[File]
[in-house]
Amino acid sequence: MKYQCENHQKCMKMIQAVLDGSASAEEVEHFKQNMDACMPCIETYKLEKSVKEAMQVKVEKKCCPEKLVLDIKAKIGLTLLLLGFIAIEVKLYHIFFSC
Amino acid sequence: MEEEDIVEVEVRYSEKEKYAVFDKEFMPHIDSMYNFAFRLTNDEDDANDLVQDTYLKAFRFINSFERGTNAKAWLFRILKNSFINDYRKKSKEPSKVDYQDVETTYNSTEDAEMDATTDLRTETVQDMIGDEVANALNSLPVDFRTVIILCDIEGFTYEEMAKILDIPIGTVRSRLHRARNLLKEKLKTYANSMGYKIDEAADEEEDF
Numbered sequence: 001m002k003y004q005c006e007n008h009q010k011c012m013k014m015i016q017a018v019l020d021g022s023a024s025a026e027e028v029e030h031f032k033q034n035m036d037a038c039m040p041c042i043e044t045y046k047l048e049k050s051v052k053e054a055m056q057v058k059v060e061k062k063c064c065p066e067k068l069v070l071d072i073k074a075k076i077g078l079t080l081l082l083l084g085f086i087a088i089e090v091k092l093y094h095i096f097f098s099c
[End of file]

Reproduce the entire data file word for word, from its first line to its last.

[in-house]
Amino acid sequence: MKYQCENHQKCMKMIQAVLDGSASAEEVEHFKQNMDACMPCIETYKLEKSVKEAMQVKVEKKCCPEKLVLDIKAKIGLTLLLLGFIAIEVKLYHIFFSC
Amino acid sequence: MEEEDIVEVEVRYSEKEKYAVFDKEFMPHIDSMYNFAFRLTNDEDDANDLVQDTYLKAFRFINSFERGTNAKAWLFRILKNSFINDYRKKSKEPSKVDYQDVETTYNSTEDAEMDATTDLRTETVQDMIGDEVANALNSLPVDFRTVIILCDIEGFTYEEMAKILDIPIGTVRSRLHRARNLLKEKLKTYANSMGYKIDEAADEEEDF
Numbered sequence: 001m002k003y004q005c006e007n008h009q010k011c012m013k014m015i016q017a018v019l020d021g022s023a024s025a026e027e028v029e030h031f032k033q034n035m036d037a038c039m040p041c042i043e044t045y046k047l048e049k050s051v052k053e054a055m056q057v058k059v060e061k062k063c064c065p066e067k068l069v070l071d072i073k074a075k076i077g078l079t080l081l082l083l084g085f086i087a088i089e090v091k092l093y094h095i096f097f098s099c